Wednesday, July 13, 2005

Merry Wives of Windsor - Great Lakes Theater

At GLTF, ‘MERRY WIVES’ are merry, but....

When the name Shakespeare is invoked, most Americans, having been exposed mainly to his tragedies, such as ‘HAMLET’ and ‘MACBETH’ think of such terms as “abstract,” “difficult to understand” and “academic.”
That image of Shakespeare and his works is basically wrong. Shakespeare was, or so it is recounted, a rebel for his time. He was a playwright for the common people. Many of his plays are bawdy and filled with sexual innuendoes. His comedies have a great deal of farcical undertones and lend themselves to broad interpretation. ‘THE MERRY WIVES OF WINDSOR,’ now in production at the Great Lakes Theatre
(Shakespeare) Festival, is a case in point.

Upon entering the Ohio Theatre, you will quickly realize that this is not your traditional Shakespearean production. The audience is confronted with an orange and teal Howard Johnson motel. As the play, under Sari Ketter’s direction proceeds, we are hit with more “non-Shakespearean” effects and doings. Pop music from the 50s is used for transitions as the sets are changed by a crew of Howard Johnson waitstaff. Costumes are from the same era. One of the lead characters, resembles Elvis Presley complete with DA haircut, jeans with rolled cuffs, and white t-shirt with a pack of cigarettes rolled into the sleeve. Another is a Marilyn Monroe knock-off complete with white dress and halter top which is ready to fly over her head if she passes over an air-shaft. It doesn’t take long to realize that thisis going to be a no-holds barred, over-the-top farcical attack on the Bard of Avon’s work.

‘THE MERRY WIVES OF WINDSOR’ is often termed a bourgeois comedy. Many critics consider it to be one of Shakespeare's weaker plays, mainly because he has taken Falstaff, the superbly developed character of the two Henry IV plays, and made him as a lesser character. In addition, the writing is more visual image than the usual Shakespearean language-centered plays. It is also theorized that the play was quickly written when the Bard was commissioned to scribe a piece in early April of 1597 for The Garter Festival in honor of Queen Elizabeth I, which was staged the third week of April. Interestingly, the plot may have been prescribed by Queen Elizabeth, a great theatre goer, who wanted to see Falstaff in love.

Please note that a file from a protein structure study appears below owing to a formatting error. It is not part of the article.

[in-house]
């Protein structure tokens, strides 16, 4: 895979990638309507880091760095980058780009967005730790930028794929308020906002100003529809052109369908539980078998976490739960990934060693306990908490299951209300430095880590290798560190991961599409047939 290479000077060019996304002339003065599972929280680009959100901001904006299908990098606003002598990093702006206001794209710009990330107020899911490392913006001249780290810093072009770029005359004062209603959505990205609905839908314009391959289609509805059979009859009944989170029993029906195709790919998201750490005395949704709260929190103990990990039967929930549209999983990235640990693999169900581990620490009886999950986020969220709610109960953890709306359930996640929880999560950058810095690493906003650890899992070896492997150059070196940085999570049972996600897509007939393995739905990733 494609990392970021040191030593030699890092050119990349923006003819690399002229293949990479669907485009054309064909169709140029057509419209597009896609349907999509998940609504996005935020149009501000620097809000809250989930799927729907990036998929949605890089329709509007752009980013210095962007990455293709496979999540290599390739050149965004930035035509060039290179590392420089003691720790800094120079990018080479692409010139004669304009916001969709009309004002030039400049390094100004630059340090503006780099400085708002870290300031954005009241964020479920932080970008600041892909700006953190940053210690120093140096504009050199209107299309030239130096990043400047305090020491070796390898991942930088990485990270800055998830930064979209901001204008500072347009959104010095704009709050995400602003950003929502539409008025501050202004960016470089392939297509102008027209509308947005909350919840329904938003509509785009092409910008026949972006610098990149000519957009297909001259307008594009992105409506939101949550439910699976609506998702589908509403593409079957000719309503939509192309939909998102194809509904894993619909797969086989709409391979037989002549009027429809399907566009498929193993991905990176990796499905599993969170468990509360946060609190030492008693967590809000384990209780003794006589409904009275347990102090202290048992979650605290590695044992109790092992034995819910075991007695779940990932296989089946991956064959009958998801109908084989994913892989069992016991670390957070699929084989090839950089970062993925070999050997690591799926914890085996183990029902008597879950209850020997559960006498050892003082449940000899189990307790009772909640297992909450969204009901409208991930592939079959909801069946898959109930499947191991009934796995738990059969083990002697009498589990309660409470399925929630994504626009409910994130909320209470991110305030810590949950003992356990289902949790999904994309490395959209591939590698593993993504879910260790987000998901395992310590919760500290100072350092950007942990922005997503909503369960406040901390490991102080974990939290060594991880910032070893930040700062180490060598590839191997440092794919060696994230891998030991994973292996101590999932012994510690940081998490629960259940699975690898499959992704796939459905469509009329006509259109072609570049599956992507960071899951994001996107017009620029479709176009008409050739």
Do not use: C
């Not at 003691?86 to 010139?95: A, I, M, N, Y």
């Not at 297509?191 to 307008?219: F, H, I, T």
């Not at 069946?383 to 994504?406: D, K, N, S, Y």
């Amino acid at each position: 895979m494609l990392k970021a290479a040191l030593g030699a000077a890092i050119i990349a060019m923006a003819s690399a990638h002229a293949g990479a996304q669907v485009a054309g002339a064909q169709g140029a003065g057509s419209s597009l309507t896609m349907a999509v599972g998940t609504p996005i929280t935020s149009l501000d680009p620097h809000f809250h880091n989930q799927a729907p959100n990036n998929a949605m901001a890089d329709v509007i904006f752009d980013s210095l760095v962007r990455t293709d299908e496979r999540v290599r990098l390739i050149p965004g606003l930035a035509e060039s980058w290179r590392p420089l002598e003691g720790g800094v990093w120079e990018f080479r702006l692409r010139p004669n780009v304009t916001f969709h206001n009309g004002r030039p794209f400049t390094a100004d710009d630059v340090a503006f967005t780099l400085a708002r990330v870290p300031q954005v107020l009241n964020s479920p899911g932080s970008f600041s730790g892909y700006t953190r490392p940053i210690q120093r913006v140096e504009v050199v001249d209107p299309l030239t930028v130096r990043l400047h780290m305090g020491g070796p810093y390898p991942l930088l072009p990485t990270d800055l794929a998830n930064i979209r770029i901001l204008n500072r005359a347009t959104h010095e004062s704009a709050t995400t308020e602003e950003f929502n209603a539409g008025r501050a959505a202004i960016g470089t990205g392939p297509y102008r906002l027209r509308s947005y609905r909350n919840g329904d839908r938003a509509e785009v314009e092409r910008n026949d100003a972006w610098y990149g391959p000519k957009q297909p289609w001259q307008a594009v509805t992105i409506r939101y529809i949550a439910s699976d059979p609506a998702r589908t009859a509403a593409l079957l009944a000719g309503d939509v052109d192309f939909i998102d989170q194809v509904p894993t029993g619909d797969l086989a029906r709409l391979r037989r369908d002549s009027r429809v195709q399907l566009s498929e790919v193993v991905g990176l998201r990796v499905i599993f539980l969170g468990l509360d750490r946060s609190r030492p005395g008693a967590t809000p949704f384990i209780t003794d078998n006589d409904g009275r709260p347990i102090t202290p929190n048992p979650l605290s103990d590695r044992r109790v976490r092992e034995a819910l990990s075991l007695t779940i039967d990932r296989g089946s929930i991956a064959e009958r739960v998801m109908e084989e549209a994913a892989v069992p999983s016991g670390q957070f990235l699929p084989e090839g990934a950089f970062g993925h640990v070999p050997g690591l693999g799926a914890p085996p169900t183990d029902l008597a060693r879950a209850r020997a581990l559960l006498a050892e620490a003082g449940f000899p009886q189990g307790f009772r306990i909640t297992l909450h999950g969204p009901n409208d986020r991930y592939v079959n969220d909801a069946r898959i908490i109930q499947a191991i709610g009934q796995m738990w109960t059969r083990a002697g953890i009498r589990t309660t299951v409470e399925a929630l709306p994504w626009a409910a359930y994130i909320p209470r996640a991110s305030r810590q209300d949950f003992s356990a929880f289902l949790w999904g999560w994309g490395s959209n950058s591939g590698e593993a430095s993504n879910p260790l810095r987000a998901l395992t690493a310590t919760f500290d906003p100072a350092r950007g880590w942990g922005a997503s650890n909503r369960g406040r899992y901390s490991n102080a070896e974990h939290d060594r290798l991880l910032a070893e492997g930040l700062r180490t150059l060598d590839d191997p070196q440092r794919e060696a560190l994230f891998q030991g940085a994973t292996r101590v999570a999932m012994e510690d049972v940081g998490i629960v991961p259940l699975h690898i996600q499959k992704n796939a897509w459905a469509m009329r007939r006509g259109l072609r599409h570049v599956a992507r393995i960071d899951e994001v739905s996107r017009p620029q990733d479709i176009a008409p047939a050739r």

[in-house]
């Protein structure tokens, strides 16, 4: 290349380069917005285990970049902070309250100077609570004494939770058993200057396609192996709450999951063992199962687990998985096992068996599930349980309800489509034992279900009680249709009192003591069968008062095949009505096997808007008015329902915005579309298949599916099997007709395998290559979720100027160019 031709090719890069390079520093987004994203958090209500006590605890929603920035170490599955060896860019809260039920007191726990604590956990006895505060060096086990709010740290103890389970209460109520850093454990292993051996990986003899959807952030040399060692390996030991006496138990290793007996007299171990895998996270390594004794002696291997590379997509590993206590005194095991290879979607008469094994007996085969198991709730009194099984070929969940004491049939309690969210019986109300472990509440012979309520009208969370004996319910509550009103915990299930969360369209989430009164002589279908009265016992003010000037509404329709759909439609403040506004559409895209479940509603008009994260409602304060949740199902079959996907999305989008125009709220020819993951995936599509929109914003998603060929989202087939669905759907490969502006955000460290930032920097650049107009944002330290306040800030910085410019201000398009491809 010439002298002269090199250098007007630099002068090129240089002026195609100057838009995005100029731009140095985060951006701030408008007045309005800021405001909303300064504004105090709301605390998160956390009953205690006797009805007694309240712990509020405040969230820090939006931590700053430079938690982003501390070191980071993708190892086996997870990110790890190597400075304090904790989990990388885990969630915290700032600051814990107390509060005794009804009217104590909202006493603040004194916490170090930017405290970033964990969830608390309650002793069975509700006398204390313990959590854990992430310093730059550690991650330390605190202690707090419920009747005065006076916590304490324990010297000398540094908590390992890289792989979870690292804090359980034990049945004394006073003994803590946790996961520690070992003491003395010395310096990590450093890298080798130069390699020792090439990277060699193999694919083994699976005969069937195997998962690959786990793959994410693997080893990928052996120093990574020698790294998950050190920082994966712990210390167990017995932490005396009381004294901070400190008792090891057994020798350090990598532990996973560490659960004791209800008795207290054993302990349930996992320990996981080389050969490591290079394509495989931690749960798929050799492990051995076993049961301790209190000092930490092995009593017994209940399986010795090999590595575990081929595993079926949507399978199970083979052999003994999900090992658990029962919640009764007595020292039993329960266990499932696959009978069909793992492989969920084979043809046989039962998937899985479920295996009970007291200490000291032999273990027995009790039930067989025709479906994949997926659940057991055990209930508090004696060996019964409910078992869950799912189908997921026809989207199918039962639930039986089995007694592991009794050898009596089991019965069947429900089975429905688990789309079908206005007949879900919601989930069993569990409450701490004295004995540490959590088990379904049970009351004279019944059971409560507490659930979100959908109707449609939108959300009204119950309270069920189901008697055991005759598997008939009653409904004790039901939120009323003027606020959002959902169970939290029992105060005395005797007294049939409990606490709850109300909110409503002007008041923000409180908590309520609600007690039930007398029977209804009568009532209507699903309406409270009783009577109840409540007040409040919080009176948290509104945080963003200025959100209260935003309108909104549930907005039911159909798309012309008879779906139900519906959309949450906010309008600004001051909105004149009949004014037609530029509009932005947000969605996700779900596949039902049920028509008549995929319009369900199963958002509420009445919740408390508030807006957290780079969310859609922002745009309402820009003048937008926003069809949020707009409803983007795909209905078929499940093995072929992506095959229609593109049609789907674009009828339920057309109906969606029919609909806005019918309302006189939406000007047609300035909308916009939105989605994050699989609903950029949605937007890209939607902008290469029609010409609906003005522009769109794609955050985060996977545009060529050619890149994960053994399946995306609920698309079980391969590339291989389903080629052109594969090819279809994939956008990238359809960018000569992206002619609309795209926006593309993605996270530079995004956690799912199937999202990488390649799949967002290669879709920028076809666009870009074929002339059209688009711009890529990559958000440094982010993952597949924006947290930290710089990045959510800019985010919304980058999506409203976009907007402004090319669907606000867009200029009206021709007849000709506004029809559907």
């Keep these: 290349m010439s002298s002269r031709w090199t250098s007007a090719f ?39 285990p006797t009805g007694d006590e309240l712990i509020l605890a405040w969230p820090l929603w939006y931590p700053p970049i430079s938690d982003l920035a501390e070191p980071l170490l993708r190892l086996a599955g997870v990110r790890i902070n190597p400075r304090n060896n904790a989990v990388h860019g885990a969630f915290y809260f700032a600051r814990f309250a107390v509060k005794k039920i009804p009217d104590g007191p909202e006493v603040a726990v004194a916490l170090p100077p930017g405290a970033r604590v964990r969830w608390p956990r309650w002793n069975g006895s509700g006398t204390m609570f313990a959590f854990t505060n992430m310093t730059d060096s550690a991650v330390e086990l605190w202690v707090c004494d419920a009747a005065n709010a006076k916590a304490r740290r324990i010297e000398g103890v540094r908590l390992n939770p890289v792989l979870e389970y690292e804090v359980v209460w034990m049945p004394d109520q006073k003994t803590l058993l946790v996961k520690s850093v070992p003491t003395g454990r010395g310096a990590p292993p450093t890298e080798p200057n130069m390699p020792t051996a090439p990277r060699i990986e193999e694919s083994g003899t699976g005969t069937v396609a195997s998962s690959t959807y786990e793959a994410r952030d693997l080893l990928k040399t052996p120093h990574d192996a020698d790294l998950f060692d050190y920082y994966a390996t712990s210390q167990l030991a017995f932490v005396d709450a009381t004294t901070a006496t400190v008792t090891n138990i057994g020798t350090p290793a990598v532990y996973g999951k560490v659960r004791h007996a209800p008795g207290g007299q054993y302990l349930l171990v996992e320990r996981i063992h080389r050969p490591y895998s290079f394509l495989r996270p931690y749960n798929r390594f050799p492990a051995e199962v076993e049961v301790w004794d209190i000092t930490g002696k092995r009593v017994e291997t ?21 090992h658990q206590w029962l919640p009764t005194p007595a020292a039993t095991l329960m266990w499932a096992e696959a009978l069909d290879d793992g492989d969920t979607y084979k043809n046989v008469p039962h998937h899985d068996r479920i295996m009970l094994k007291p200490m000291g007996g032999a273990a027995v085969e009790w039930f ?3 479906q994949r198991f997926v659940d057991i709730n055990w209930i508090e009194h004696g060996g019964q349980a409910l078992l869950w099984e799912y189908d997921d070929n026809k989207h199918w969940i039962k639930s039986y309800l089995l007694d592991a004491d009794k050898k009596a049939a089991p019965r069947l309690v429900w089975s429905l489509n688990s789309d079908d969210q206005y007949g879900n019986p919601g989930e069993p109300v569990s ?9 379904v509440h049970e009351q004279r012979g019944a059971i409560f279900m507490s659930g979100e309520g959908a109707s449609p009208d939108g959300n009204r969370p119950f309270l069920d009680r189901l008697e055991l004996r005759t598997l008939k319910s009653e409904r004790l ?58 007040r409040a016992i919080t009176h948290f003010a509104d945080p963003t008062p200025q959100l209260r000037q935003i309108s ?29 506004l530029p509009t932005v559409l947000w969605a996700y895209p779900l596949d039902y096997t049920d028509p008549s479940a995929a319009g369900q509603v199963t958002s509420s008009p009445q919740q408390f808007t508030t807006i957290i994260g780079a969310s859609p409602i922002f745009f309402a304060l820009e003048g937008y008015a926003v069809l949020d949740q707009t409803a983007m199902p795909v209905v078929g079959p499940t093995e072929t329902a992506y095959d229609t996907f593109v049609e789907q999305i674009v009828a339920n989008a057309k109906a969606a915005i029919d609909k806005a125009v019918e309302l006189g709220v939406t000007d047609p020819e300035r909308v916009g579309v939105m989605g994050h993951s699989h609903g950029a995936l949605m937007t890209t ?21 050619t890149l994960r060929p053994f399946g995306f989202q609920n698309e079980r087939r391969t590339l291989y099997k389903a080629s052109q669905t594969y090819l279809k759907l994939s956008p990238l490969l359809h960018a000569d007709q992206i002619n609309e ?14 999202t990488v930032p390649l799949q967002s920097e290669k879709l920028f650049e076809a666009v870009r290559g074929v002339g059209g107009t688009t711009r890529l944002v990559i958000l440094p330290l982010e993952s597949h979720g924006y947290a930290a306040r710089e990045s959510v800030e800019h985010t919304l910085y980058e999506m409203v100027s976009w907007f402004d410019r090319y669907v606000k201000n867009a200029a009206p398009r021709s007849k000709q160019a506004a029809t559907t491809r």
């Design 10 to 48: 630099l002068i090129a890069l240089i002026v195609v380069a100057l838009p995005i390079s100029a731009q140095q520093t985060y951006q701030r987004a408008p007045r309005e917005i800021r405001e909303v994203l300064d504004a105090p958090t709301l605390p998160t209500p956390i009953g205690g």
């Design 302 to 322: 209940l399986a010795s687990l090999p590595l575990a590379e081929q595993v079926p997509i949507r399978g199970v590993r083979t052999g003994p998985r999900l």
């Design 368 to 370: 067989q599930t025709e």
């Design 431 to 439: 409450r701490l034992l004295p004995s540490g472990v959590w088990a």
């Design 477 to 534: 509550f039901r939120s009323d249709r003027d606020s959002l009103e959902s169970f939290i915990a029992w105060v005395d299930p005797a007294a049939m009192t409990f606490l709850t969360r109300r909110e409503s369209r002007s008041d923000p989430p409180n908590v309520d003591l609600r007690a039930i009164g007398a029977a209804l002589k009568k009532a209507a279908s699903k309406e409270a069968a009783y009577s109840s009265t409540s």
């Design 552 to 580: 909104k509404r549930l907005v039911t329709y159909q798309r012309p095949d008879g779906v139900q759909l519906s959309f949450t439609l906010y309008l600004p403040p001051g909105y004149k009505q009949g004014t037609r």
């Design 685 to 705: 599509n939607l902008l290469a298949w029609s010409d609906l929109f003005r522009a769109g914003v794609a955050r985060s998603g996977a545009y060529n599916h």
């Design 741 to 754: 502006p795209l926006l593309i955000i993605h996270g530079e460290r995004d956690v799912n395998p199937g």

The play’s story line places Sir John Falstaff, a conniving lecher, in Windsor with the intent of improving his financial lot by courting Mistresses Ford and Page, two wealthy married women, . These "merry wives" are not interested in the aging, overweight Falstaff as a suitor, but for the sake of their own amusement pretend to respond to his proposals. At one point, Falstaff is forced to hide in a laundry basket which is then thrown into the river.
In another instance, he is forced to dress in women’s clothing to avoid being caught in his scheme. As in all of Shakespeare’s comedies, all’s well that ends well. Falstaff is exposed as the fool he is, young love wins out and the merry wives are destined to live happily ever after.

As has been the case since Charles Fee became the Artistic Director at GLFT, comedy means exaggerated farce. Fee loves to hear audiences laughing. He obviously has a partner in Sari Ketter, who directs with a manic intensity that would make the Marx Brothers and the Three Stooges happy. Many of the gimmicks work, others do not. After a while some of the shticks become tedious, such as the overly choreographed set changes. On the other hand, the audience does have a good time. Whether it has anything to do with the script’s intent or not is obviously irrelevant. As evidenced by the preteens sitting in our row who were hysterical, children will love the slapstick so this production might be a good way to introduce them to the joys of Shakespeare.

The cast is right in sync with Ketter. No one mumphers, phumphers and makes frog like eye pops like Andrew May. He is given many opportunities to be the Andrew we know-and-love as Master Ford, the jealous husband. Kathryn Cherasaro and Lynn Allison are wonderful as Mistresses Ford and Page. Skinny and gangling Jeff Cribbs makes for the perfect geek as Master Slender, a reluctant wooer of Anne Page. Tom Weaver is his equal as his spindly-legged companion. Gum chewing Nina Domingue, complete with “New Yawk” squealing accent, is delightful as the nosey housekeeper.

In this production that knows no boundaries, Paul Kiernban’s underplaying of Falstaff was off-setting. His belly and clothing were funny, but his characterization often goes astray. Nicholas Koesters as Master Fenton, who is the final victor in the wooing of Anne Page, has difficulty maintaining his Elvis/cool guy sound and mannerisms. Marc Moritz overdoes the accent of Dr. Caius to the extent that he is often impossible to understand.

Capsule Judgment Director Sari Ketter’s interpretation of ‘THE MERRY WIVES OF WINDSOR’ is not for everyone. If you are willing to put aside your thoughts of what Shakespeare should be, and will yourself (pardon the pun) to just sit back and accept that this isn’t the traditional format, or that many of the shticks and gimmicks don’t completely work, you’ll enjoy yourself. If you don’t like slapstick, and are a Shakespeare purist, stay home.